I Remember When Bluelines Were Blue…

Our agency recently hosted an open house for the Ad Club, so we had a wide array of industry folks visiting our office. In addition to doing some serious networking, I had the opportunity to visit with some of our younger Kilgies, and we did the normal shop talk thing you tend to do at these events.  I mentioned how we used to do “paste-up” and they looked at me like I had a third eye. Then I felt obligated to spend the next five minutes explaining how we did things before the digital age of advertising.  They did seem honestly interested for a few seconds…and then I lost them.  “No, we didn’t just press a button.”  Come on kids, humor the old guy!

I got my start in the retail grocery business sitting at a drawing table and laying out on tissue paper where I wanted the canned prunes to be in the weekly food ad.  I would then send the ad out to a type house and receive a series of long, smelly galleys of type. Run it through the machine to be waxed (not a beauty procedure!), and then I would cut out each individual item to be “pasted” onto a layout board.  Then someone shot it on a stat camera, and presto – there was the ad plus several painful X-acto blade cuts.  On Monday morning, when we saw that the competition beat us by a dime on those canned prunes, guess what?  We did it all over again!  And we did this whole process in a couple of days…what deadlines?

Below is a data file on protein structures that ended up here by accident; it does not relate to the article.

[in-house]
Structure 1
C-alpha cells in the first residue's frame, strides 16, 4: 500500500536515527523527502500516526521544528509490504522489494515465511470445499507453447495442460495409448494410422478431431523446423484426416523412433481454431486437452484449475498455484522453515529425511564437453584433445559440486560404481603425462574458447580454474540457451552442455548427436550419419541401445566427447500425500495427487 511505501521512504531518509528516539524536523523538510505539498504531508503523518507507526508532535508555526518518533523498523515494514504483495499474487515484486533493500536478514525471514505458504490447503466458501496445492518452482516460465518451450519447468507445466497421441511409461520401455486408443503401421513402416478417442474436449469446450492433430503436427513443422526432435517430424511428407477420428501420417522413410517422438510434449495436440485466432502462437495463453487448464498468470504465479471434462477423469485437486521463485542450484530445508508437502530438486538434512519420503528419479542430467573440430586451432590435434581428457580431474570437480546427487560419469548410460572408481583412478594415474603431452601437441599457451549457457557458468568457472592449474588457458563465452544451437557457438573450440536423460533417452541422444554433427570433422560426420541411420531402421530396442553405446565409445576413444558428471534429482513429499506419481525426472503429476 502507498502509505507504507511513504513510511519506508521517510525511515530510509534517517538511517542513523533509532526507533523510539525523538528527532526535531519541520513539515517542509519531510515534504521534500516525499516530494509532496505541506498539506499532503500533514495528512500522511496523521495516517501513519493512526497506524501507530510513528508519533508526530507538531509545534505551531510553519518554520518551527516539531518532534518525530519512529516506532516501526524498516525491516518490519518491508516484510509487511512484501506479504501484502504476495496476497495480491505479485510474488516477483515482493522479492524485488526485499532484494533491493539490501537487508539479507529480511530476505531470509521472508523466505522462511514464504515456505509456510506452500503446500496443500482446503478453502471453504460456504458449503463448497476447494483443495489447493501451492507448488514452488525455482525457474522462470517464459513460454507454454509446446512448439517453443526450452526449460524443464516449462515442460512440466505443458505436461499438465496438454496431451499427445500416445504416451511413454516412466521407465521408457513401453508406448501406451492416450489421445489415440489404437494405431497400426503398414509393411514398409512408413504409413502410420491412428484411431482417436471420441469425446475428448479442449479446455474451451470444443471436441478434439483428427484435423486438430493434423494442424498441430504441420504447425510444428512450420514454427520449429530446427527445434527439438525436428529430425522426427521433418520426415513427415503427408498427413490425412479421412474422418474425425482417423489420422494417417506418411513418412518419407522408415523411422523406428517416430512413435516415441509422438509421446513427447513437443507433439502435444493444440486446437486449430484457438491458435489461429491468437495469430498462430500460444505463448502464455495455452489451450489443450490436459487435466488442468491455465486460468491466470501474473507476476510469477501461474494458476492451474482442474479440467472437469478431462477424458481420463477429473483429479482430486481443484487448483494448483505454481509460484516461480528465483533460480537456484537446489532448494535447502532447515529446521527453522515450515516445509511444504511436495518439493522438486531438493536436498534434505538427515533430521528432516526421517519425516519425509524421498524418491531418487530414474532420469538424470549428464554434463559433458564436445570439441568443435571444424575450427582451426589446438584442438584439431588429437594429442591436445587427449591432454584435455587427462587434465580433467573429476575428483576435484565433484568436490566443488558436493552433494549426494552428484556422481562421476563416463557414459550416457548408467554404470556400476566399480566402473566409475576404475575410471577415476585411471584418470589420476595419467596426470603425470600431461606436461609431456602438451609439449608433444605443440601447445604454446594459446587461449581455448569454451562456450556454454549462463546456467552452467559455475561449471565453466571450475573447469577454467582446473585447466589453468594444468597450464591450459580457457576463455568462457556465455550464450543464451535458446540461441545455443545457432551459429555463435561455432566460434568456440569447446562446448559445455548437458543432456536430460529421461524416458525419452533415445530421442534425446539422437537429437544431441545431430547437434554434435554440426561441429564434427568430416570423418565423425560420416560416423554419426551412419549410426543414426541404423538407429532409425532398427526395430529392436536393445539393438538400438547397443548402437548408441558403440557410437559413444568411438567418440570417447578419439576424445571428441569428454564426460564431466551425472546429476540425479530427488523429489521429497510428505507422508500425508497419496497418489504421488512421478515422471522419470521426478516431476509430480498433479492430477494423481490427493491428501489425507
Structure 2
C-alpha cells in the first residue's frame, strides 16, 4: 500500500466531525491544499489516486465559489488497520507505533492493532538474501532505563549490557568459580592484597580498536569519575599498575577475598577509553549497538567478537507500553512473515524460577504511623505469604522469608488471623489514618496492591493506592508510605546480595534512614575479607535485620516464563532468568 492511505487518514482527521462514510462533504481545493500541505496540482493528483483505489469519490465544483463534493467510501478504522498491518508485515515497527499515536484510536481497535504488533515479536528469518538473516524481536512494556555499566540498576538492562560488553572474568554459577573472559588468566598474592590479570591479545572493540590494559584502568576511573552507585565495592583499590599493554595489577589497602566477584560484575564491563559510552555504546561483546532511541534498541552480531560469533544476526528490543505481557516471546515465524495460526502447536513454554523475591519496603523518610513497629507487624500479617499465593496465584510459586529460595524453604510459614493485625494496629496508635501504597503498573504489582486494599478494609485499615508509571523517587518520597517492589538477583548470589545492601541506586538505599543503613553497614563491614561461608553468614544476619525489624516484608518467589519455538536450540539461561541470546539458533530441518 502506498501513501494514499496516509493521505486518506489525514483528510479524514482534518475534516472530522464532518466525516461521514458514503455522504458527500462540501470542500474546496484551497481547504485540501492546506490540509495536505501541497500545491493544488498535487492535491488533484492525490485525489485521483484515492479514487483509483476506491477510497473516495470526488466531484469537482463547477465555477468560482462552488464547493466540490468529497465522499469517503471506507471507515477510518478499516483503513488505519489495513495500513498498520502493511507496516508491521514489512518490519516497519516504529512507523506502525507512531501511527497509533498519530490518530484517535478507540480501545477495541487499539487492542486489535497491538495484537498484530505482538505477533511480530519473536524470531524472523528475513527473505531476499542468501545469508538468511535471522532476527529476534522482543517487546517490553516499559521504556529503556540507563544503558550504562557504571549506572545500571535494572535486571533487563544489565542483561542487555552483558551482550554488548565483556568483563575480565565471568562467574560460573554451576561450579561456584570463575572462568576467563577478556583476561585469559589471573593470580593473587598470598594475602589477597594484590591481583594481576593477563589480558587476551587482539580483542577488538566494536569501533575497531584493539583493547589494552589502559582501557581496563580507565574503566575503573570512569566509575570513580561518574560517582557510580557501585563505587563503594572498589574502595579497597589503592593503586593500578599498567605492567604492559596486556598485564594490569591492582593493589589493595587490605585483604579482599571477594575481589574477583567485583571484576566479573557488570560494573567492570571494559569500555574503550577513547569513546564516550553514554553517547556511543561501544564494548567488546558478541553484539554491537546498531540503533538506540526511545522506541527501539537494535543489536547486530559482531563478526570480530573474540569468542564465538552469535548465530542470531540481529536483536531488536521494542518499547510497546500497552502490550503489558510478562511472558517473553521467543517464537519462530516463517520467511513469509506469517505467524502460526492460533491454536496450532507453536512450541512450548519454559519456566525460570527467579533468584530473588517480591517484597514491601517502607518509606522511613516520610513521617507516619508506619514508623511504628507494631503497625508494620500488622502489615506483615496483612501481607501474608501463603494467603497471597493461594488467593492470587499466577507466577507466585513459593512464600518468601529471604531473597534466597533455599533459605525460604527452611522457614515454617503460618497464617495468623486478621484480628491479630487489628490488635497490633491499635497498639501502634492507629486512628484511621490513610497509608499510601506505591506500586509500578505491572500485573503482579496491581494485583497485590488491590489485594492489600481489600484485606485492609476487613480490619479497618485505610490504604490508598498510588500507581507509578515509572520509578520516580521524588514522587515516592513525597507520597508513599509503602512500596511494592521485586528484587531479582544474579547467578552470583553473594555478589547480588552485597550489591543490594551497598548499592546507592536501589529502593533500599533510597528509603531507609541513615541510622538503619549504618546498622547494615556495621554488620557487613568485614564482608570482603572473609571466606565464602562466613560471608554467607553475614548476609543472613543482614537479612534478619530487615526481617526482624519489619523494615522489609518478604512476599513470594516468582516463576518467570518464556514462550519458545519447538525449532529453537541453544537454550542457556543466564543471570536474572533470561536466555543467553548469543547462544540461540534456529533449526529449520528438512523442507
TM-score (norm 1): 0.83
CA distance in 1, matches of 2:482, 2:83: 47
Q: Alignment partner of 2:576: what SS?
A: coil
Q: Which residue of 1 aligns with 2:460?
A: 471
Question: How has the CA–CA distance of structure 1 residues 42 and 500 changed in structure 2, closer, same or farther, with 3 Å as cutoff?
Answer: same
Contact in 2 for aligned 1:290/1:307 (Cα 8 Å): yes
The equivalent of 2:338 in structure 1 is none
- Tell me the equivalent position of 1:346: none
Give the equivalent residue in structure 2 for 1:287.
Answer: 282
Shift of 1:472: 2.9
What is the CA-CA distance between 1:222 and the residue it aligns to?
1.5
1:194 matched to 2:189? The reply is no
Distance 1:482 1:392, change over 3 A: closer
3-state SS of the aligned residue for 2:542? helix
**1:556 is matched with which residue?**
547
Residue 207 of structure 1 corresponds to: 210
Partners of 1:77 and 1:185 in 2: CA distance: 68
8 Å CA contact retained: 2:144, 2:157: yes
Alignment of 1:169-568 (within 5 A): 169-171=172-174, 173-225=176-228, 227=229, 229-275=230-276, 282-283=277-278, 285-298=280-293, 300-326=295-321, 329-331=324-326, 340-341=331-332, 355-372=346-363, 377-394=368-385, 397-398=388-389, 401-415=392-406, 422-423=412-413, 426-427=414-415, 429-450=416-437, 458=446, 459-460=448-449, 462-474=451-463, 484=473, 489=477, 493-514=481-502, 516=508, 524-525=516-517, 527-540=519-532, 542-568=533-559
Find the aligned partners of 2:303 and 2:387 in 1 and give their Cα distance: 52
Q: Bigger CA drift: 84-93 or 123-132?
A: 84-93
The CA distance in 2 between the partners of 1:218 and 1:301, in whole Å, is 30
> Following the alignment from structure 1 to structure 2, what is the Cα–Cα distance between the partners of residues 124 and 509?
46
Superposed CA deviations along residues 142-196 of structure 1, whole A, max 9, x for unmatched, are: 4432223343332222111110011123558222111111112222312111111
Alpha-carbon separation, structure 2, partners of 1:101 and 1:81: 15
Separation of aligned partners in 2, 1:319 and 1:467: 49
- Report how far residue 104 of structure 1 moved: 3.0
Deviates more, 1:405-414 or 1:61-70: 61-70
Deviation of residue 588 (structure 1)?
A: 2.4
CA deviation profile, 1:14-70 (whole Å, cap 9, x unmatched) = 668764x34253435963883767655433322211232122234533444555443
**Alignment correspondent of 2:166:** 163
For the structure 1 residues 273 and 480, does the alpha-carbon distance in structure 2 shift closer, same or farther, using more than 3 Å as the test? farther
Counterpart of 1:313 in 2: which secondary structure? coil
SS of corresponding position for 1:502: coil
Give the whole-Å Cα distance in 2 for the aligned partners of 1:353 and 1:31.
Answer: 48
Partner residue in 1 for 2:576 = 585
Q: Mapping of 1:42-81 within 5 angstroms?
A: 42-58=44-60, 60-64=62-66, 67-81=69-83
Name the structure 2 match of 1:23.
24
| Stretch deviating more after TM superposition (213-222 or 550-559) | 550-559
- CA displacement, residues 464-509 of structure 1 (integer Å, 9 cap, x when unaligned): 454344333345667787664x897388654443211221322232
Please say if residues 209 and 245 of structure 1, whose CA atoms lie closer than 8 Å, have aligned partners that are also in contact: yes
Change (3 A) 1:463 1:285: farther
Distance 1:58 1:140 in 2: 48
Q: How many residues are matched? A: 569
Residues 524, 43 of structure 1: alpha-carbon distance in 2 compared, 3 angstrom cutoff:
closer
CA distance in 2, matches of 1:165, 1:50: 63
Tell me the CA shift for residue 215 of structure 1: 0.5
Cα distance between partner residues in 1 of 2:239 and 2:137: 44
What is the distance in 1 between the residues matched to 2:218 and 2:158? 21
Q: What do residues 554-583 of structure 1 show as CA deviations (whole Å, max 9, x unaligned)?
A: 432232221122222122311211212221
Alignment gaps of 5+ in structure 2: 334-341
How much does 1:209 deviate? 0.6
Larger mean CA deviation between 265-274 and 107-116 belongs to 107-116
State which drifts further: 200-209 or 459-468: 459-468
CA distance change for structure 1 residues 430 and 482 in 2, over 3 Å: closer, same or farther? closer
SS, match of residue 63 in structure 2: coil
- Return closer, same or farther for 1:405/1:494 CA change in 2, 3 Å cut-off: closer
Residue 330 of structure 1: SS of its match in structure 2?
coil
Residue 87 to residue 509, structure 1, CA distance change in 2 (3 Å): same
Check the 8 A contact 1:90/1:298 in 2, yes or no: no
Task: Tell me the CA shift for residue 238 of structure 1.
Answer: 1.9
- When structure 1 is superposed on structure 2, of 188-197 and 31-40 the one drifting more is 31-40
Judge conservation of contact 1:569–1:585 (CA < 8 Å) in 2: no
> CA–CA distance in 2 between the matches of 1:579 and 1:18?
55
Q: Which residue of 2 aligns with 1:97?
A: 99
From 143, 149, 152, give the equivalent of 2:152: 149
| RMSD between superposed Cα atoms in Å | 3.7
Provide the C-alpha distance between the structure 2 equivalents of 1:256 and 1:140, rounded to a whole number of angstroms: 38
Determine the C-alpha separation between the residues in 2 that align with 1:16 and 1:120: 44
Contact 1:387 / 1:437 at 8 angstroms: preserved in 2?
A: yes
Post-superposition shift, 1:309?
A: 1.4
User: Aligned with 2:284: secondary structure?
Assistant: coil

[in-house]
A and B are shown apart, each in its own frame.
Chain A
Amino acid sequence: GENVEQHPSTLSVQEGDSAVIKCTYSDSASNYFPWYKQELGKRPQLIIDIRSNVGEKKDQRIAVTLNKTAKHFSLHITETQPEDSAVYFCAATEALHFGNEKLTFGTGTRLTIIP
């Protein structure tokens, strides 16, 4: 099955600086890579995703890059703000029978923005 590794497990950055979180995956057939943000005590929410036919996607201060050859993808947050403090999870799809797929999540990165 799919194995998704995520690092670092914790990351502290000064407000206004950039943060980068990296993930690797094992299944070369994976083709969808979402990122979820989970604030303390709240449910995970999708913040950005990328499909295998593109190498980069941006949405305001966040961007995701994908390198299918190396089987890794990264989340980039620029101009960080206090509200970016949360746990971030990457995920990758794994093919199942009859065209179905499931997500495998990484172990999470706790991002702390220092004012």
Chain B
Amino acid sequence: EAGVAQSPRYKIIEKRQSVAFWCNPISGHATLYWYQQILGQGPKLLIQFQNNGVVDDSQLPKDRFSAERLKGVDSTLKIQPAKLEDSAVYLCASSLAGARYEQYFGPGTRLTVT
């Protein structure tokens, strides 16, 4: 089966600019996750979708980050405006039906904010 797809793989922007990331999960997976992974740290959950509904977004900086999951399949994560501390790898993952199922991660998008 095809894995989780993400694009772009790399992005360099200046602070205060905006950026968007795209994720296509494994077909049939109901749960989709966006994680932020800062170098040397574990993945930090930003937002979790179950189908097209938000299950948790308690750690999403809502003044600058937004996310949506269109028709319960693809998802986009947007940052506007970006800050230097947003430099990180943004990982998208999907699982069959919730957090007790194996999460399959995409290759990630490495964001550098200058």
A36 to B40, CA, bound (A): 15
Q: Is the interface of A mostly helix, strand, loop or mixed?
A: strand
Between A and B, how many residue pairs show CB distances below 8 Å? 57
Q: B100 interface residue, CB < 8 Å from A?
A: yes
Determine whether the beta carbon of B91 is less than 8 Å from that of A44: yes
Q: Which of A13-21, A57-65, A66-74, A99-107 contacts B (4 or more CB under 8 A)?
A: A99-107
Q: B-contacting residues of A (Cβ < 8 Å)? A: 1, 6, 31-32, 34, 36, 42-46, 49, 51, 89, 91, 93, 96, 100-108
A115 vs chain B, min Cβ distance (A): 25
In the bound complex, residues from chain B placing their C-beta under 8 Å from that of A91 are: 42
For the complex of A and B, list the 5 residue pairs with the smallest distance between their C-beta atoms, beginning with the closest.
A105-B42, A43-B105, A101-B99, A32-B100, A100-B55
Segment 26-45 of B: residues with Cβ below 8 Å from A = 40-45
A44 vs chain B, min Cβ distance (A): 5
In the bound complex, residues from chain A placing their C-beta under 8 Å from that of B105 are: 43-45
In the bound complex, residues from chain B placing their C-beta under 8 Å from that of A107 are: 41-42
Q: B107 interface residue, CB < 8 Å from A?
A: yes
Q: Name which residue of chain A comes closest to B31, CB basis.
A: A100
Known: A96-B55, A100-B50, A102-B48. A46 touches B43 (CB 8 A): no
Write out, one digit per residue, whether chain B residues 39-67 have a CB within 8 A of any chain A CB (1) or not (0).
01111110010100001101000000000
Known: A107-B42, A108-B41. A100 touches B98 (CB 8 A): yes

Exciting stuff, huh?  I’m glad things are so much easier now with all the great technical innovations we’ve made over the years. With the advent of the digital age, we’ve learned how to maximize our ability to make changes instantly in response to our client’s competitive marketplace.  This ever-changing ability makes our job more exciting and enables us to produce better work.

Sometimes, I get nostalgic for the old days of color keys, linos, t-squares, slicks and bluelines.  And yes, bluelines were blue. Look it up – online.

— Tim Kedzierski, Production Manager

Share

Reblog this post [with Zemanta]
Advertisements

Leave a comment

Filed under Ad Agencies

Leave a Reply

Fill in your details below or click an icon to log in:

WordPress.com Logo

You are commenting using your WordPress.com account. Log Out / Change )

Twitter picture

You are commenting using your Twitter account. Log Out / Change )

Facebook photo

You are commenting using your Facebook account. Log Out / Change )

Google+ photo

You are commenting using your Google+ account. Log Out / Change )

Connecting to %s